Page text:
Sonntag, 5. April 2009

Residential Construction in Europe

According to LBS Research (the think-tank of LBS building society), Germany has far too few housing starts relative to both demand and to all other European countries.

In 2008, 175,000 permits for housing starts were issued. Based on 40 mio households, that's equal to 0.45 % of existing households. For 2009, the number is expected to be flat, probably contracting slightly.

In terms of housing starts per 1,000 population, Germany is at the bottom of the list (figures refer to 2009 forecast):

In particular, it is projected that the UK will still see slightly more housing starts than Germany in spite of the real estate bust, and both Spain and Ireland will continue to have three times as many housing starts (in 2007, both countries apparently had seven times as many housing starts as Germany!).

LBS argues that yearly demand over the next 15 years will be 270-350,000 new housing units, or 50-100 % more than current construction volumes. Otherwise, there will be sharp increases in prices and rents in many regions of Germany.

But why would so much new housing be needed?

- Overall population has been contracting slightly (at 0.1-0.2 % p.a.), and this decline will accelerate, unless net immigration picks up sharply, which seems unlikely.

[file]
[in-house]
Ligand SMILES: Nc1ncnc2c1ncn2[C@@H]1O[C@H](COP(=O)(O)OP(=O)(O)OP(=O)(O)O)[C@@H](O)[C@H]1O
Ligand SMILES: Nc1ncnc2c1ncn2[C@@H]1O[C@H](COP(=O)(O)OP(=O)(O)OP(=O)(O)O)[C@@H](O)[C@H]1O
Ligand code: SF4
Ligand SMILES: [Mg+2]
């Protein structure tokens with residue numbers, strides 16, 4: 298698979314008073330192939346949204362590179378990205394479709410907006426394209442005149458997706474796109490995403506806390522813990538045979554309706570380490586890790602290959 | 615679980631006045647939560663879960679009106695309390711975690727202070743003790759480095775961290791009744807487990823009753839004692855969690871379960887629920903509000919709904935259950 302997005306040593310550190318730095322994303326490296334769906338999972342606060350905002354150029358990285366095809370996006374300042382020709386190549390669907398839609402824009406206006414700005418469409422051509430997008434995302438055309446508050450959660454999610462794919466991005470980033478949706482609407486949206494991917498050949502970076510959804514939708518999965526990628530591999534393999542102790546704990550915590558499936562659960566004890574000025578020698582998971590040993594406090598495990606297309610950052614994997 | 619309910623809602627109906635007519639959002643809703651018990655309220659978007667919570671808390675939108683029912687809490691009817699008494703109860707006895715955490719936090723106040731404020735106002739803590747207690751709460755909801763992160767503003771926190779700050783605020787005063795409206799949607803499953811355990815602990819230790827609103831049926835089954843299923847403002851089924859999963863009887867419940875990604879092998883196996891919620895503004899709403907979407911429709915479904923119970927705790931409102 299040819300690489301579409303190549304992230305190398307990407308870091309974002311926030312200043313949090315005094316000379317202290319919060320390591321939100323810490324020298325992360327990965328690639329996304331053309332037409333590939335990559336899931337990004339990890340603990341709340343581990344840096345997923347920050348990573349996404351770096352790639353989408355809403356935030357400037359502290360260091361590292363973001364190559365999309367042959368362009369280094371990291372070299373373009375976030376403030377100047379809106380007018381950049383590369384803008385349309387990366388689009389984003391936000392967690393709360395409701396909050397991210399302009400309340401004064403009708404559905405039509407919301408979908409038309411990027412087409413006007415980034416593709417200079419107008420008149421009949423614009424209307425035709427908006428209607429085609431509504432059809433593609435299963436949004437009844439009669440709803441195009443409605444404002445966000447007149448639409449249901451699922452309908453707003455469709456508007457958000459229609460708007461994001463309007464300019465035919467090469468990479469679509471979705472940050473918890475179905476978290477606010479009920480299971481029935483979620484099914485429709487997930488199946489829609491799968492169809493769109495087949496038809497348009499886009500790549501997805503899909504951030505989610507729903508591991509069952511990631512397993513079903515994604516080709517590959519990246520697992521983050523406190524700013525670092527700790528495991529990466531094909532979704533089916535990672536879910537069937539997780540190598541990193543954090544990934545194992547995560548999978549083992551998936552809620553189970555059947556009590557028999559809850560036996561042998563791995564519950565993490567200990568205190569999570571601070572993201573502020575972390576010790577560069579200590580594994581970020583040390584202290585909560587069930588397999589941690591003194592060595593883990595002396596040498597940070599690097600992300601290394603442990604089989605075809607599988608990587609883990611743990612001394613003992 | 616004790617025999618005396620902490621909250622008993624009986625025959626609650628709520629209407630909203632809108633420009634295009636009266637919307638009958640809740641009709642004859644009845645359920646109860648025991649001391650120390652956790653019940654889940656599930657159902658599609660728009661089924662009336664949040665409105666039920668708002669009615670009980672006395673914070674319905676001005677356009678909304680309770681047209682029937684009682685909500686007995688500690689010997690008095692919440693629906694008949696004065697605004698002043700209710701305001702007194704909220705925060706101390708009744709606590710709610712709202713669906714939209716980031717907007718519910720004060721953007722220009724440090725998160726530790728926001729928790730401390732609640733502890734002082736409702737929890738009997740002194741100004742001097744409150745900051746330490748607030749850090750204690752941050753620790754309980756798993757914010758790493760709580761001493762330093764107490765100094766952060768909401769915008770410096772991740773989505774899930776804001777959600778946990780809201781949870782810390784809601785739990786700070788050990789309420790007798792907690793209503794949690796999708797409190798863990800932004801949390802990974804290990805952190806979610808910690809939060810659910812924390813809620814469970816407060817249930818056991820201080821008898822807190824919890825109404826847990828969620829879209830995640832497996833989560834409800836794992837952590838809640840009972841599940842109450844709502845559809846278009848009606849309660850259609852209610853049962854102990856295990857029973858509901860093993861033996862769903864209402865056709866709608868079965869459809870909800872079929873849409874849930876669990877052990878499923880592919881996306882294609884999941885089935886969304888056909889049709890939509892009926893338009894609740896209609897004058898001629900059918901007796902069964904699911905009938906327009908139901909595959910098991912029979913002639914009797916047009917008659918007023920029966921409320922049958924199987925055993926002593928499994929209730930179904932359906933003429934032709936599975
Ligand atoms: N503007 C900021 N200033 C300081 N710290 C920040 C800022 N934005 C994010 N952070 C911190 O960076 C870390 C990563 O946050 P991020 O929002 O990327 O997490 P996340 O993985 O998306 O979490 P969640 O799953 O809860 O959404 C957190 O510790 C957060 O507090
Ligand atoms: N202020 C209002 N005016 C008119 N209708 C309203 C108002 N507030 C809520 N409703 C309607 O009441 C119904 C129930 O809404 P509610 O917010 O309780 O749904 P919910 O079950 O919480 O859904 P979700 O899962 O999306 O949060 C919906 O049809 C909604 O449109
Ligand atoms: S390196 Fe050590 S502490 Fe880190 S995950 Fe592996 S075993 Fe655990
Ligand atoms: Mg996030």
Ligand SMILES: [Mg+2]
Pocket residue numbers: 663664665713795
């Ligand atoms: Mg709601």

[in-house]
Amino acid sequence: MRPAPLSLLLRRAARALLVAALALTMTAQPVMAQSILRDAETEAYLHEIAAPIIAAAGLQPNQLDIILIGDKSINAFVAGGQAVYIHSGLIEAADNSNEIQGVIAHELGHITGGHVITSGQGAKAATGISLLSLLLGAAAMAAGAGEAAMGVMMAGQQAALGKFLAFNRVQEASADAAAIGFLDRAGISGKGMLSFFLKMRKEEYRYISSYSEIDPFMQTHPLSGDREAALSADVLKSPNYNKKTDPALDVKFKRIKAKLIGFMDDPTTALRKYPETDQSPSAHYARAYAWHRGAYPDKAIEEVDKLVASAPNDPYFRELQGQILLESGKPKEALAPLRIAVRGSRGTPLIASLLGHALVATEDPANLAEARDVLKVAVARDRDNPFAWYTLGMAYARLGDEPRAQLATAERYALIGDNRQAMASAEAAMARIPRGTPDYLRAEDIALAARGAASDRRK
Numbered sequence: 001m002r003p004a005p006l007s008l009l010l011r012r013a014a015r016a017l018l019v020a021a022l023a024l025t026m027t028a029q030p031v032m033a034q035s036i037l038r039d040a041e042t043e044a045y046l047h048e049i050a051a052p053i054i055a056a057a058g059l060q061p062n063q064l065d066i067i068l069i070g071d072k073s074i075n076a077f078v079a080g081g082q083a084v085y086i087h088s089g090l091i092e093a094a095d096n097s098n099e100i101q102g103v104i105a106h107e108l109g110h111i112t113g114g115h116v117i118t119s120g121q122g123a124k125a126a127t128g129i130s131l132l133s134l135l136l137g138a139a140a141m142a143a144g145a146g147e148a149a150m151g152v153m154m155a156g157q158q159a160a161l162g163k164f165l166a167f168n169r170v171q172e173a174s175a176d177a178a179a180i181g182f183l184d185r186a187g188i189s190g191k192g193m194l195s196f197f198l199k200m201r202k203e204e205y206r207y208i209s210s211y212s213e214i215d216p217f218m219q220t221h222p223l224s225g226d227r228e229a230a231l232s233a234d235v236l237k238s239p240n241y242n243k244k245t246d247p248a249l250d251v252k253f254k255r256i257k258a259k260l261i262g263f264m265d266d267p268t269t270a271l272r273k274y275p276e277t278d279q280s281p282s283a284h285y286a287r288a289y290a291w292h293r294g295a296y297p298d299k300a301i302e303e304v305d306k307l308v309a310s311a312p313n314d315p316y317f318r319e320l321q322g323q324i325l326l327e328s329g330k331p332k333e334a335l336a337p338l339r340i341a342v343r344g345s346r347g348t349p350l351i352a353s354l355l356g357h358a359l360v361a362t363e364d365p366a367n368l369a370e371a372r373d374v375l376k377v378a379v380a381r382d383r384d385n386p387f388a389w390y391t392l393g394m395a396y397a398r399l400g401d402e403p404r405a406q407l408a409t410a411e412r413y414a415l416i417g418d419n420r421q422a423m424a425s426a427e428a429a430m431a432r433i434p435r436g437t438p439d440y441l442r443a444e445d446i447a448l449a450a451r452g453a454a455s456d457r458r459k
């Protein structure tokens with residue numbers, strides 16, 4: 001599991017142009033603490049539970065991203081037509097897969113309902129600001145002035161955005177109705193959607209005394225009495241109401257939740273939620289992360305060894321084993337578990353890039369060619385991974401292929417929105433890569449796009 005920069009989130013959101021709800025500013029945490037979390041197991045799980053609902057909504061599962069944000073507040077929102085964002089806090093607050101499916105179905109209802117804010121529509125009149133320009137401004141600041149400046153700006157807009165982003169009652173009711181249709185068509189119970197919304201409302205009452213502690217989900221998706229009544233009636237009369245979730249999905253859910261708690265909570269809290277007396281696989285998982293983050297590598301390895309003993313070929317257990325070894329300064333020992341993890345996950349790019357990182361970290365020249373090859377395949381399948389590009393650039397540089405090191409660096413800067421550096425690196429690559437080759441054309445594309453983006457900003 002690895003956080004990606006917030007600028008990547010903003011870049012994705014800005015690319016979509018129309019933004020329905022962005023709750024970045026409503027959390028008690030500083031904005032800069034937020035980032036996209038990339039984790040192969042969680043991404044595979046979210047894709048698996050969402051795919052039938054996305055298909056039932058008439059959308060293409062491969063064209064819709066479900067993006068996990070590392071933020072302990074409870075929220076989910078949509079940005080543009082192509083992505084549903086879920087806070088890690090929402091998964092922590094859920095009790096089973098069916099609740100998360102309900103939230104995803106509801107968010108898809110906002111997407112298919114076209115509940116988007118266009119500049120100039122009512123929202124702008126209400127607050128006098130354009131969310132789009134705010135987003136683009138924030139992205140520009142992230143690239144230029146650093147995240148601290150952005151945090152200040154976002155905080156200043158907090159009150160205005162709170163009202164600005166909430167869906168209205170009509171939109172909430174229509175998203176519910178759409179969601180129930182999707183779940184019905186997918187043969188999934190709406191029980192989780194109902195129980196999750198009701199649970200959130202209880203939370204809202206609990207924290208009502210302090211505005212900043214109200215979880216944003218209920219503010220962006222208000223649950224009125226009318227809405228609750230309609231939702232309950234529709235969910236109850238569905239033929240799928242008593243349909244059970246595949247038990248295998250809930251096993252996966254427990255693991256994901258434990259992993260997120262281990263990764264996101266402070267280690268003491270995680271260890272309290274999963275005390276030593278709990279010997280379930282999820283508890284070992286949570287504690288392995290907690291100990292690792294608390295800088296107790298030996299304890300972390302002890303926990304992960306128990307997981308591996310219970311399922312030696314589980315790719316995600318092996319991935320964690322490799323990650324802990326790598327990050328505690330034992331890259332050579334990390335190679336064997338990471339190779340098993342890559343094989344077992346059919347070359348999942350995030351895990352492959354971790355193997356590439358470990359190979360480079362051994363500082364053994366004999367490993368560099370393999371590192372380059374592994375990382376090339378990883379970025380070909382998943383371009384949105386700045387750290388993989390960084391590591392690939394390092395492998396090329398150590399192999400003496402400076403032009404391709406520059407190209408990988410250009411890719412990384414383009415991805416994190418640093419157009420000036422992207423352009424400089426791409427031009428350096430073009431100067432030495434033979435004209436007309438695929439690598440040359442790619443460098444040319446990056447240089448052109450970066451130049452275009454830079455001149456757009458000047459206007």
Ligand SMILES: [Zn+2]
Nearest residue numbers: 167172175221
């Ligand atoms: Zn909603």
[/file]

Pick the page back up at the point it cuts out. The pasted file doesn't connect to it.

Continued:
- LBS Research argues that the number of households will continue to grow. No reasons are given, except a nebulous reference to "demographics". What will indeed happen is that the absolute number of working-age people will go down, whereas the number of old people (65+) will increase. As old people are more likely to eventually live alone due to the death of a spouse, this could explain the projected increase in no. of households. However, single old people are much more likely to move to smaller apartments or retirement homes, so I don't think that a statistical increase in the number of households necessarily implies bigger housing demand.

- If internal population movements continue (away from East Germany and rural regions, towards Southern Germany and big metropolitan areas), this would imply that more and more housing is vacant in parts of the country, while additional demand is created in growing regions.

- LBS Research points out that 150-200,000 housing units will be demolished or changed to office-use every year. I don't quite see why that number should be so big. And in any case, most of the demolished units are related to oversupply in East Germany (if you add housing demand due to population movements and due to demolished apartments, you are double-counting). As for "change to office use", that won't be too frequent considering the oversupply of commercial real estate.

- LBS Research argues that their assumed "loss" of housing units only equals 0.4-0.5 % of all units annually, i.e. a 200 year life-span per housing unit. However, this argument is based on a "long-term equilibrium" that doesn't make much sense for German housing: After the war, most of urban housing was either newly built or thoroughly renovated, i.e. the overwhelming majority of German housing stock is less than 50 years old. And even much of the old housing stock is in pretty good shape (the house my grandmother got born in is more than 100 years old now, and it's far from being a candidate for the wrecking crew).